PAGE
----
Library named in honor of Pearl Harbor survivor

Story and photos by Brister Thomas

Navy Hale Keiki School

Michael “Mickey” Ganitch, a 98-year-old Pearl Harbor survivor, thought he was on island for a dinner in support of Navy Hale Keiki School.

But the students had a different plan in mind. They surprised him Nov. 9 by dedicating their new library in his name.

“We have been working for months to get ready for this surprise,” said Liam Boland, a fifth-grader at the school.

Pearl Harbor survivor Michael “Mickey” Ganitch participates in the new library dedication with the students of Navy Hale Keiki School.

Ganitch and his wife, Barbara, arrived on island and were shuttled to the campus of Navy Hale Keiki School for what he was told was to talk to some of the students.

As he walked onto campus, the students were gathered outside their new building and Ganitch wondered what class he would be going to if everyone was sitting in the yard.

Then he was escorted to sit in a special chair in front of the students and he quickly realized that something special was about to happen.

Mickey Ganitch unveils the new wooden dedication sign (made by students at Radford High School) with Navy Hale Keiki School fourth-grader Liam Boland.

The service began with Radford High School’s color guard and a blessing from Kahu Kona Cruz, who announced that the children named the new library for their favorite hero, the Michael M. Ganitch library, in remembrance of all who served at Pearl Harbor.

“It was quite a shock,” Ganitch said. “I was just so honored to be there.These kids mean an awful lot to me.”

“This library is a special space for children to immerse in literacy and it’s named for a uniquely special person who embodies traits that we would like to share with all children,” said Monique Raduziner, principal of Navy Hale Keiki School.

“There is a special magic when he enters the room filled with children and history comes alive each and every time,” Raduziner said about how inspiring Ganitch is when he is with the students at the school.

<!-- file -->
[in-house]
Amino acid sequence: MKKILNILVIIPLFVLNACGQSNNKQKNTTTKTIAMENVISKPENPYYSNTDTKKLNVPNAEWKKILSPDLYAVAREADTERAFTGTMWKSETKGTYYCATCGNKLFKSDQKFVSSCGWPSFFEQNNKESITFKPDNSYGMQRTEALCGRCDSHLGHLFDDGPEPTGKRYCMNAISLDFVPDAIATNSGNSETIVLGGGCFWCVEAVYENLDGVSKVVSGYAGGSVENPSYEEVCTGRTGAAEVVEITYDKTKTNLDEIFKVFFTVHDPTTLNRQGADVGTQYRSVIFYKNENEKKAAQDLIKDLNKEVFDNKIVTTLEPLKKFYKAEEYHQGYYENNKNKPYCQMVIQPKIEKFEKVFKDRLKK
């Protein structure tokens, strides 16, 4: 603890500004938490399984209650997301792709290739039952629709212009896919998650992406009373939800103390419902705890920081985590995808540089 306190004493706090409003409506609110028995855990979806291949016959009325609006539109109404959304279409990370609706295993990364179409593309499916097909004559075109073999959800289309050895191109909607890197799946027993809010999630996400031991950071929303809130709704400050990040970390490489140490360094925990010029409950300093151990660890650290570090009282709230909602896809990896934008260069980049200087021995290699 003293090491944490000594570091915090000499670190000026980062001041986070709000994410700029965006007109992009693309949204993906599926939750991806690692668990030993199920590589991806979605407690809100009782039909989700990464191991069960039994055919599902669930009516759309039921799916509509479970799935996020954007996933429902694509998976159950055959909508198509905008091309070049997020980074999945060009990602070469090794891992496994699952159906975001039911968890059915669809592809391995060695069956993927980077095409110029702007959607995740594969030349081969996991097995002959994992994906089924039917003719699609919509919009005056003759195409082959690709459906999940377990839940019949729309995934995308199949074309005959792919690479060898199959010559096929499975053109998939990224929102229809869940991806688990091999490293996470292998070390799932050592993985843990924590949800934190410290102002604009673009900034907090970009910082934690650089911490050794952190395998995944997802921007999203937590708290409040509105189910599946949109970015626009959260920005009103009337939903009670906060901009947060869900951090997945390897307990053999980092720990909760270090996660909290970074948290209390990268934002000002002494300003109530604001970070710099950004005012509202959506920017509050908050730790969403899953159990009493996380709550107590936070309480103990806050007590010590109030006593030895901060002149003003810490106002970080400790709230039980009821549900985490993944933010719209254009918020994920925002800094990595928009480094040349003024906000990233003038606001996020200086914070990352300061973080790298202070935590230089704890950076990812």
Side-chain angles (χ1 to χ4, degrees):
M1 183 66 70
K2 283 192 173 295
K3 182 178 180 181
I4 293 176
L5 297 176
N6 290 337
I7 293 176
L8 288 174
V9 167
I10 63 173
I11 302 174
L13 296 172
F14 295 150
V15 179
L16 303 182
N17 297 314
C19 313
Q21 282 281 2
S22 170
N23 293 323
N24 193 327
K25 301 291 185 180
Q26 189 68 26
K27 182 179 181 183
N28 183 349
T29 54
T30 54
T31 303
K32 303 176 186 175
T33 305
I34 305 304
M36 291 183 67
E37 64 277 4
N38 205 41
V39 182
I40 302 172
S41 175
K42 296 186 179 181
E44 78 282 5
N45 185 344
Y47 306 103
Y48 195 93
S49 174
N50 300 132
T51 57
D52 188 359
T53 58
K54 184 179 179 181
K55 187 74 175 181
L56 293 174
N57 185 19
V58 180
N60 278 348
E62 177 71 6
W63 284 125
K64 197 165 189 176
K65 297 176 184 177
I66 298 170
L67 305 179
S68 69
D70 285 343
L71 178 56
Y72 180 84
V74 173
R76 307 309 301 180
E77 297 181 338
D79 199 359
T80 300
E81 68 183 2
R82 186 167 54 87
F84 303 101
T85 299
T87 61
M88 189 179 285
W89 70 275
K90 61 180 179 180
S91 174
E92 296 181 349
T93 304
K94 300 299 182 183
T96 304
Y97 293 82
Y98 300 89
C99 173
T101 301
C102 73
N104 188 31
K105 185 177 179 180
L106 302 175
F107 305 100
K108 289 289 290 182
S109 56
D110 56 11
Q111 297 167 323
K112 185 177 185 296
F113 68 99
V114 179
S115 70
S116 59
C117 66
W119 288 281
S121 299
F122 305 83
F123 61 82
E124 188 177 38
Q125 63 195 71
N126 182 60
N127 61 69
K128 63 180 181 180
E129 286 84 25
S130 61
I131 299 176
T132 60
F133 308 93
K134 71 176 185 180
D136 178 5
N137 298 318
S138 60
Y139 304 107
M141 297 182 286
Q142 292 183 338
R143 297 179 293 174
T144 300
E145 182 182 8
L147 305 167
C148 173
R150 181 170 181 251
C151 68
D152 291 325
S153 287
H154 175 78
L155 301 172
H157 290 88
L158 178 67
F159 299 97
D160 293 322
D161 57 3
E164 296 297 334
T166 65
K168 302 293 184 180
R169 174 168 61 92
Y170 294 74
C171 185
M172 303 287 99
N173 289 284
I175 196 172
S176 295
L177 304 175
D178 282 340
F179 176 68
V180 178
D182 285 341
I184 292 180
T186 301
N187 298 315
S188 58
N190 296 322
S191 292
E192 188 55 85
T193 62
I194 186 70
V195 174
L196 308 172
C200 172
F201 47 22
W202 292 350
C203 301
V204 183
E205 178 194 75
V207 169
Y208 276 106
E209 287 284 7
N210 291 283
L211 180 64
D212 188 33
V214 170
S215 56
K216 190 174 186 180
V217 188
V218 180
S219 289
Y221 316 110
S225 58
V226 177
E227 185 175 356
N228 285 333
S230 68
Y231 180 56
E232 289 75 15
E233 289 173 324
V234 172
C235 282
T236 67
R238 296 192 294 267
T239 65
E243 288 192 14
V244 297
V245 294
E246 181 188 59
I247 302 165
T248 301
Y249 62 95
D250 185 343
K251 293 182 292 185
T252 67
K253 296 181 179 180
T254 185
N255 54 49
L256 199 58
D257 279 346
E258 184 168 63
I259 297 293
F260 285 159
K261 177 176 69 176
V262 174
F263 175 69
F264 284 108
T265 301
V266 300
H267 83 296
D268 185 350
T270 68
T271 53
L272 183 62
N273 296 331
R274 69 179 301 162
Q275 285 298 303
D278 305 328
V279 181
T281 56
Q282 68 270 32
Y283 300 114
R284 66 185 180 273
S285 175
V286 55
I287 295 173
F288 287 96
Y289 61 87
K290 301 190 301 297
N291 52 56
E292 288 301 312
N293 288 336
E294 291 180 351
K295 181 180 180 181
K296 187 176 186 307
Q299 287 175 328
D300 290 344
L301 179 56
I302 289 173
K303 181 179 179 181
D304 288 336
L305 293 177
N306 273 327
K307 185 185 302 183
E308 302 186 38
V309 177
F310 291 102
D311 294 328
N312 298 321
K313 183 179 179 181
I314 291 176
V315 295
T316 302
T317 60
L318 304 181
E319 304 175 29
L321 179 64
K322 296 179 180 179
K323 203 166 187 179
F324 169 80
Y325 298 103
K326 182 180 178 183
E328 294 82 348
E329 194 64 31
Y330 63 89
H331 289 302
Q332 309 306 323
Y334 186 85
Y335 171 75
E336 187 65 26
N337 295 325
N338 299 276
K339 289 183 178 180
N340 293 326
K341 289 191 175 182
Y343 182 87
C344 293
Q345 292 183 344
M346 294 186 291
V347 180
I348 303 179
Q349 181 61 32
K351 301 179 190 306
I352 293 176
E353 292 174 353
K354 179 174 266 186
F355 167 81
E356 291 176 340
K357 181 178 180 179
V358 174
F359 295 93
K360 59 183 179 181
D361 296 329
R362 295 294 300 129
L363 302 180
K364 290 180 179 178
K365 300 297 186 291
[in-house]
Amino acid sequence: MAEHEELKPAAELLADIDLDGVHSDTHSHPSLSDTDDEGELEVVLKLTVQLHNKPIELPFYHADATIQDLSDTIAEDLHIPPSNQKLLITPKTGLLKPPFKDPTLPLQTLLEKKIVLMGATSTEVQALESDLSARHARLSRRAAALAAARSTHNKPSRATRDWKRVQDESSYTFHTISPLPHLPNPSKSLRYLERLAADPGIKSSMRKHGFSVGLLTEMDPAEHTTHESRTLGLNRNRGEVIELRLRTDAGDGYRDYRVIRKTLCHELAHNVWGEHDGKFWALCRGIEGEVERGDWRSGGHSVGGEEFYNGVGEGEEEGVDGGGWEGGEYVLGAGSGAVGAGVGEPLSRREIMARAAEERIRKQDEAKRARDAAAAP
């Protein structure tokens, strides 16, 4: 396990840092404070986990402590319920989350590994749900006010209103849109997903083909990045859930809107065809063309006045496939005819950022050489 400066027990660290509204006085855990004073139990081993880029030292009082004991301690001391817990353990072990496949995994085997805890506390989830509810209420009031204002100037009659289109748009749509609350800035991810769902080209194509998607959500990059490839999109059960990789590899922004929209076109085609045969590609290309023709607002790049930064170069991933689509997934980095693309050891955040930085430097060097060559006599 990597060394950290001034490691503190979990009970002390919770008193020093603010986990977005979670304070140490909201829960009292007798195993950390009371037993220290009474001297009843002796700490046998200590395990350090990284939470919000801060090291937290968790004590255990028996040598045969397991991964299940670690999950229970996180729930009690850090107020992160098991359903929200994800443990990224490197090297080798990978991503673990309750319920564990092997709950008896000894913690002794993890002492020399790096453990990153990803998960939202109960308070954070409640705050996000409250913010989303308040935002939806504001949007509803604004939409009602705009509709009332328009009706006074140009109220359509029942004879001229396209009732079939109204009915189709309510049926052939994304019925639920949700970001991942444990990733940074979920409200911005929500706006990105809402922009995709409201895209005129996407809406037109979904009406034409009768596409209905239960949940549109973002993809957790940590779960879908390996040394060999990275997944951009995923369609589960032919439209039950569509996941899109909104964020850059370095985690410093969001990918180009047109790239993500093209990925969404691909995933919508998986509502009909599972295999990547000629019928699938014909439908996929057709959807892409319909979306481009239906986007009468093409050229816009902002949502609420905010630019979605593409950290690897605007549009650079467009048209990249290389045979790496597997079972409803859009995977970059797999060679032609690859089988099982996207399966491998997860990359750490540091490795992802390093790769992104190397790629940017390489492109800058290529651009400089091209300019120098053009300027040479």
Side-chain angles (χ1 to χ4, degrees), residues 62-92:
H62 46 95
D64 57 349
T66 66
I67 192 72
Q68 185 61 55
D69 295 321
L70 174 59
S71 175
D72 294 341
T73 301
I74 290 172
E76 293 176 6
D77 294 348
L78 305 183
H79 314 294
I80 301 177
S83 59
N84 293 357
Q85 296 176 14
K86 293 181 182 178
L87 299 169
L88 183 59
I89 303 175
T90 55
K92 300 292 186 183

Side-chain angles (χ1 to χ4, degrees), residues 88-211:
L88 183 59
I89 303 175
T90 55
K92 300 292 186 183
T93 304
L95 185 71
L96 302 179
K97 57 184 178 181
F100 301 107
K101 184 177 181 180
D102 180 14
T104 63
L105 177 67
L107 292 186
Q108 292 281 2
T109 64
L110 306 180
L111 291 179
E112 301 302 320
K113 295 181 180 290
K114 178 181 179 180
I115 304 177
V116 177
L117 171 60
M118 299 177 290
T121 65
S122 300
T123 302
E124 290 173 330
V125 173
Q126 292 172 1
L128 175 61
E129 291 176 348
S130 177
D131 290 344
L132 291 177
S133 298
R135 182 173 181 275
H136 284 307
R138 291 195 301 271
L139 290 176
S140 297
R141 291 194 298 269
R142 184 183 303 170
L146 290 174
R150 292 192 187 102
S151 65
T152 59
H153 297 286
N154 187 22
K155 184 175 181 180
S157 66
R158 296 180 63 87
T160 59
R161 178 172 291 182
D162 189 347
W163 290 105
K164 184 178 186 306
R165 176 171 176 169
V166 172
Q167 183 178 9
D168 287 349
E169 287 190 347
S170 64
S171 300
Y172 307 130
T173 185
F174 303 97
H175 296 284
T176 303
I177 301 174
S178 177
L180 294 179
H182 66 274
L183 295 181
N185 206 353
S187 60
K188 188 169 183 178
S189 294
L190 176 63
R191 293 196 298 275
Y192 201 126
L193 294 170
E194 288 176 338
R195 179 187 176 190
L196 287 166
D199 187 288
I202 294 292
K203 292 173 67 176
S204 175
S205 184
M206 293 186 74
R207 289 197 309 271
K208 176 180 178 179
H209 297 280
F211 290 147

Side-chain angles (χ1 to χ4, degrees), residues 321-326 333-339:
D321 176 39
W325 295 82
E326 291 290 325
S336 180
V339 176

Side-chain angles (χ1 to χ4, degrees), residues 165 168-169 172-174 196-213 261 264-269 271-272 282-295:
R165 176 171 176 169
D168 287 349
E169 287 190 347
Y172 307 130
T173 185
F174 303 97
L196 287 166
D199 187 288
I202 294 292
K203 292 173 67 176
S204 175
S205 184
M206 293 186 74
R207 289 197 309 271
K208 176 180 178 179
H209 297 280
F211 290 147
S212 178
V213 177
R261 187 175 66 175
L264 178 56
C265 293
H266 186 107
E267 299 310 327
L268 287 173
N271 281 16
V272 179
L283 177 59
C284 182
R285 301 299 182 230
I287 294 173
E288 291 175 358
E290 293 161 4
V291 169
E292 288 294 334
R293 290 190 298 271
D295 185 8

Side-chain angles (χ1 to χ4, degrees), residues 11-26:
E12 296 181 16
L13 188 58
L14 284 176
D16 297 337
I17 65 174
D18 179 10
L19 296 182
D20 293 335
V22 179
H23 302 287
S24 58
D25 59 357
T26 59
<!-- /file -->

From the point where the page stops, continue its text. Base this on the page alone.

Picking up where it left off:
“We are so grateful for The Greatest Generations Foundation for making it possible for Mickey and Barbara to be here today,” Raduziner added.

Scott Williams and Dita Holifield present Ganitch with the Above and Beyond Award at the Stars and Stripes dinner for Navy Hale Keiki School.

A parent, Master Sgt. Ismael Reyna, noted the “positive connection between Mickey and the children.”

The next day Ganitch and his wife were honored at the school’s Stars and Stripes dinner.The students had a special tribute to him and all the United States military as they sang a medley of the armed forces songs to the almost 200 parents and friends of the school.

Another surprise for Ganitch came when Scott Williams, executive director of Lex Brodie’s, showed up at the dinner to announce that Ganitch was the recipient of the “Above and Beyond Award,” given to someone in uniform who has gone above and beyond. Dita Holifield, general manager of Salem Media of Hawaii, announced that the award was dedicated “to the hero that continues to inspire us all.”

Capt. Jeff Bernard, commander of Joint Base Pearl Harbor-Hickam, and his wife, Anita, attended the dinner.

“His (Ganitch’s) historical tales were both enlightening and mesmerizing,” Anita said.

Ganitch was only in the Navy about a month when he was stationed on the USS Pennsylvania as a navigator when the Dec. 7, 1941 attack happened.

Ganitch talked to the parents at Navy Hale Keiki School and told them that he travels the U.S. and he loves to talk to children.

“I love this country and these kids are our future. I love them and always tell them to work hard and take responsibility for their actions,” Ganitch said.

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Category: Life & Leisure